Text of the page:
I will go in the strength of the Lord God
Go on praising him, as he had determined to do in the preceding verses; not in his own strength, knowing that his heart was not always disposed aright or prepared and fit for such service; and that though the daily continuance of favours required constant praise, yet he needed always the aids of divine grace to raise his affection and song: or "I will go into the strengths of the Lord God" F4; the power of God is expressed in the plural number, to show the greatness of it, which is as a garrison to the believer; see ( 1 Peter 1:5 ) ; a strong hold, a strong tower, a strong habitation, as in ( Psalms 71:3 ) ; into which he goes by faith, and is there safe, in all times of distress and danger: or the sense is, that he would go into the house of God, the temple and sanctuary, and in his strength perform the duties of public worship there; and it may include all religious actions, private and public, and every, spiritual undertaking; which ought to be attempted and performed, not in our own strength, but in the strength of the Lord: man is become, through sin, a weak and impotent creature; though he is very hard to be brought to a sense and acknowledgment of his weakness; true believers are sensible of it, and own it; and such, knowing that there is a sufficiency of strength in Christ for them, look and go to him for it; to do otherwise, to attempt to do anything in our own strength, betrays our weakness, folly, and vanity, and is dangerous, attended with bad consequences, and never succeeds well: the Apostle Peter is an instance of this, ( Matthew 26:33 Matthew 26:35 Matthew 26:70 ) ;
I will make mention of thy righteousness, [even] of thine only;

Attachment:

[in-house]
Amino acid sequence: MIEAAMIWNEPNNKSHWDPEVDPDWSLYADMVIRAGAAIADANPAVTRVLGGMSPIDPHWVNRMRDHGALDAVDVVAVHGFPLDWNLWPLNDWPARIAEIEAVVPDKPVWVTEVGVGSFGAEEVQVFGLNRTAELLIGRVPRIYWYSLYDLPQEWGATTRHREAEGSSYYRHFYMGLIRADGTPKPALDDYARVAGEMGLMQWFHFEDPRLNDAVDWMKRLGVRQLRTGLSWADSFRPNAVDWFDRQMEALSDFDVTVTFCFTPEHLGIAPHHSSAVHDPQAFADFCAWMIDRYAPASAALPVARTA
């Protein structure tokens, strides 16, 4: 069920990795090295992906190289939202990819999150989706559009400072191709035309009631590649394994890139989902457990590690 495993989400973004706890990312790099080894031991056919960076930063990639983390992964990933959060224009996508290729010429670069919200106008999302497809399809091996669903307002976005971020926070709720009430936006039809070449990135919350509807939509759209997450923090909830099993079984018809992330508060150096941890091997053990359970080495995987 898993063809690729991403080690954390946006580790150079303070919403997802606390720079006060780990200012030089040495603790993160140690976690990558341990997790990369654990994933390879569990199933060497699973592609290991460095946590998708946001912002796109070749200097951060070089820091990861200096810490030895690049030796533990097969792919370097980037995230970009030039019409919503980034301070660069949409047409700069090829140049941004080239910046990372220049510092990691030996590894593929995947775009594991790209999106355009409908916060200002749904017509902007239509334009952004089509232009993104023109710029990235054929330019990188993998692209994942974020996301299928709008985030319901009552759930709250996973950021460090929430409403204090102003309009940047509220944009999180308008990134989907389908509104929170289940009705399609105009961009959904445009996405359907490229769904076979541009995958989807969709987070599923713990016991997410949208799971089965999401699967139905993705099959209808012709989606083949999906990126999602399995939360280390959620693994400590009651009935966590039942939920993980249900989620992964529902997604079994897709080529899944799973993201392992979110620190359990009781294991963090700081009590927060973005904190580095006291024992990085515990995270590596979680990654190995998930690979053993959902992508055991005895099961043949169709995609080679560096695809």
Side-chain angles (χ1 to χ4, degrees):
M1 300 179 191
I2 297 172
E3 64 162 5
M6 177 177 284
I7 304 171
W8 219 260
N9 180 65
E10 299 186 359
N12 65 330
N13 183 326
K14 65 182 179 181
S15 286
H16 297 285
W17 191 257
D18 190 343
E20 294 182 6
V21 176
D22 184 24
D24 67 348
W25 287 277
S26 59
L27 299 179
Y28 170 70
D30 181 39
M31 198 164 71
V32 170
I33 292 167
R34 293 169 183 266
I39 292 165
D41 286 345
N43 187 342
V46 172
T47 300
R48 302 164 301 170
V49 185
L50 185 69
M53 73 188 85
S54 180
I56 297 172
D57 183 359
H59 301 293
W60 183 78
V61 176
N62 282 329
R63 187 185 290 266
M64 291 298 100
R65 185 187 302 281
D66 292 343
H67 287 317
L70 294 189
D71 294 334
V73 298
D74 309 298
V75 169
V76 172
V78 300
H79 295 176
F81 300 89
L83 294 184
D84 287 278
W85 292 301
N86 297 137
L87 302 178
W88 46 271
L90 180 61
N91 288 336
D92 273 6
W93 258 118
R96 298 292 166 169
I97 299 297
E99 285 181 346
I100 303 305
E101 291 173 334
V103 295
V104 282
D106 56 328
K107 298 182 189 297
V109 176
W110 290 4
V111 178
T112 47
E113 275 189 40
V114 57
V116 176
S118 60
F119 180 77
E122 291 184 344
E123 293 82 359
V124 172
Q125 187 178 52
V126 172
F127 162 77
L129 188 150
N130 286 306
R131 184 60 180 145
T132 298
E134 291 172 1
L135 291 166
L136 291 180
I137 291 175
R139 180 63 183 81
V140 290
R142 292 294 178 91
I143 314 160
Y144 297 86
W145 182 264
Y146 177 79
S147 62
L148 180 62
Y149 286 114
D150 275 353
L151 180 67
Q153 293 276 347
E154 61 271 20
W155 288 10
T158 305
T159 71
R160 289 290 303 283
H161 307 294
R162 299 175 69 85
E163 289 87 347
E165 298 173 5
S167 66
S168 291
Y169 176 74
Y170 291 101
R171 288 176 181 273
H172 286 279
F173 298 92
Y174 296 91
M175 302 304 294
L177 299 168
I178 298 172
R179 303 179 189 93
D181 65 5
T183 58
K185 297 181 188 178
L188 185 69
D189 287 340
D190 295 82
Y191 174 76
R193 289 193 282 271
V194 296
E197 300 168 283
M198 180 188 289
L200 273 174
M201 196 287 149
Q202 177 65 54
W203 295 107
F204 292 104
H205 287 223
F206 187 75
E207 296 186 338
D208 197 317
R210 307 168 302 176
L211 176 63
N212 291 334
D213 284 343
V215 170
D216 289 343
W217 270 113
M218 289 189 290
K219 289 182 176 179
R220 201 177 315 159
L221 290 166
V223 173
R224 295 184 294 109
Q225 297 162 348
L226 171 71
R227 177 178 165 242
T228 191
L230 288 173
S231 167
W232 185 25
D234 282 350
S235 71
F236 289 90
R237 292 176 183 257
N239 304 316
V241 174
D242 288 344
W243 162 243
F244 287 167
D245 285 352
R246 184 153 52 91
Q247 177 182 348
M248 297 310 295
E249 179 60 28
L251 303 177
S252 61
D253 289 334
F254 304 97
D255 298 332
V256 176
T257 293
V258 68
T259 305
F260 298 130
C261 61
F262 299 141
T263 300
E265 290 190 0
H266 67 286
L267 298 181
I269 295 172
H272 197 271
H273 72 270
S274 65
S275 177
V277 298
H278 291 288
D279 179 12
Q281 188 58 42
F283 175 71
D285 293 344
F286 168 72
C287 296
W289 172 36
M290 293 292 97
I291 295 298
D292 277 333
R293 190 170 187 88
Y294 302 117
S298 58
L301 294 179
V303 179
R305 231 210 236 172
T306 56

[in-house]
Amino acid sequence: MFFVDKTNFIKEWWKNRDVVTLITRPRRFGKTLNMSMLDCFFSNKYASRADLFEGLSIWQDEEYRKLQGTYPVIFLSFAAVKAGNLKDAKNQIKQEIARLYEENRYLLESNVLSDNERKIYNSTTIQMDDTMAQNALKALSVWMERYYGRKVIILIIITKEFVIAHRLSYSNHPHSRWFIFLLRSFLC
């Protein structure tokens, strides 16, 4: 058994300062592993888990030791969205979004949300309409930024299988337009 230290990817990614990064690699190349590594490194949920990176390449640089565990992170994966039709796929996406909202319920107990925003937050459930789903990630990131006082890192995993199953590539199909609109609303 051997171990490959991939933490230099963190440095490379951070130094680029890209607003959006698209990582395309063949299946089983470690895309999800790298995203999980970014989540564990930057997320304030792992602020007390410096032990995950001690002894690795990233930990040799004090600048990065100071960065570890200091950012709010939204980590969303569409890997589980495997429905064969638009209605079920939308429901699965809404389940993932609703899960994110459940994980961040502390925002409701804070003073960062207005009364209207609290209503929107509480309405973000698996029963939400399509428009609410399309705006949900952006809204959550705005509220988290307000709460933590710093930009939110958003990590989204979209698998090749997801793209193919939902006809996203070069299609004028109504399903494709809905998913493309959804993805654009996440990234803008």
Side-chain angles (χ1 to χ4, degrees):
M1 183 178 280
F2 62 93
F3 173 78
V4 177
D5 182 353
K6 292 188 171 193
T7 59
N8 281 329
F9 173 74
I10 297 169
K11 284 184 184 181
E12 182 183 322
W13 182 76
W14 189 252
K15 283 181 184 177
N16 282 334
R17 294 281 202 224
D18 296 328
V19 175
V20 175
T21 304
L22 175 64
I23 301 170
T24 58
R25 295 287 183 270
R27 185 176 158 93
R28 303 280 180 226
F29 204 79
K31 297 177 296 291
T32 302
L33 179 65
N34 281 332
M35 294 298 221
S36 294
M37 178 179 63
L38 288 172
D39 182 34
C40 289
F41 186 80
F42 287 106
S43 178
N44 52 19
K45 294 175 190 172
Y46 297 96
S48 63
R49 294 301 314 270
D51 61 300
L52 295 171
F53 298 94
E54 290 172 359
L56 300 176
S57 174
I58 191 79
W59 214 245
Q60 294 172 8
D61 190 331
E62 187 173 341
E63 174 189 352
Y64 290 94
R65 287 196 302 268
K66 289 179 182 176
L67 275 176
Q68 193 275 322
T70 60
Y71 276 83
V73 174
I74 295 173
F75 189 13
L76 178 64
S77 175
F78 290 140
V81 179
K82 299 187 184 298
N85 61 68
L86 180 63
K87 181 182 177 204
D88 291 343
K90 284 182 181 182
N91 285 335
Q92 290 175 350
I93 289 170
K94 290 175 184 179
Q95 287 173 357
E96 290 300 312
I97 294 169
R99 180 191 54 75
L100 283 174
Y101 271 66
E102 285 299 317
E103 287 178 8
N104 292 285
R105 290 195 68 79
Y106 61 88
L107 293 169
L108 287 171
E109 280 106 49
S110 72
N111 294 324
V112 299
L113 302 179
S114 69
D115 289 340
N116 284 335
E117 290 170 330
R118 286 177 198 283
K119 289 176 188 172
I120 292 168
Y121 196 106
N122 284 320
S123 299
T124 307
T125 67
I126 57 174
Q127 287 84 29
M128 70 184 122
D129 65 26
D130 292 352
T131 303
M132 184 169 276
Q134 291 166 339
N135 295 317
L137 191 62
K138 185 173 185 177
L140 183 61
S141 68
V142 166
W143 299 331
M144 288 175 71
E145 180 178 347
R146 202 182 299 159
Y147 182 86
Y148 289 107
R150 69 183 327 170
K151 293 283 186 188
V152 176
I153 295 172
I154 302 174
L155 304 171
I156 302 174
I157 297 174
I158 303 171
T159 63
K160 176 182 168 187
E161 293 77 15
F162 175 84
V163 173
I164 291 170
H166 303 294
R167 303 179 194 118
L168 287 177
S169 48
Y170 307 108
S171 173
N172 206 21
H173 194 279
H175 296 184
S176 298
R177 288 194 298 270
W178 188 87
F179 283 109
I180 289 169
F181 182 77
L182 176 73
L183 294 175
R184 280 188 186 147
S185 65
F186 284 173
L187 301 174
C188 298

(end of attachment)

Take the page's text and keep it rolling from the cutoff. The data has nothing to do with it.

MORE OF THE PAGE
and that before the Lord himself: not his own righteousness, which he knew would not justify him in his sight, nor render him acceptable to him; nor furnish out a plea or argument why he should receive any favour from him; and therefore resolves not to mention it; but the righteousness of Christ, which is the righteousness of God, which he approves of, accepts, and imputes. This is a pure, perfect, and spotless righteousness, which God is well pleased with; honours his law, satisfies his justice, and so justifies in his sight; and renders person and service acceptable to him; and therefore with great pleasure and boldness, may be mentioned unto as it should be to Christ himself also; by ascribing it to him, as the author of it; by expressing a desire to be found in it; to have faith of interest in it, and joy on account of it; and by owning him openly and freely as the Lord our righteousness: and we should make mention of it to others, in praise of it; extolling it as the righteousness of God, and not a creature; and so sufficient to justify many, even all the seed of Israel; as the best robe of righteousness, better than the best of man's, better than Adam's in innocence, or than the angels' in heaven; as a law honouring and justice satisfying one, and as an everlasting one. And we should put ourselves in mind of it, and, by repeated acts of faith, put it on as our justifying righteousness; since much of our joy, peace, and comfort, depend upon it. And this, and this only, is to be made mention of; it is only in the Lord that there is righteousness: as there is salvation in him, and in no other, so there is righteousness in him, and in no other; wherefore no other is to be mentioned along with it: justification is not partly by Christ's righteousness, and partly by our own; but only by his, and through faith in it; see ( Romans 9:32 ) .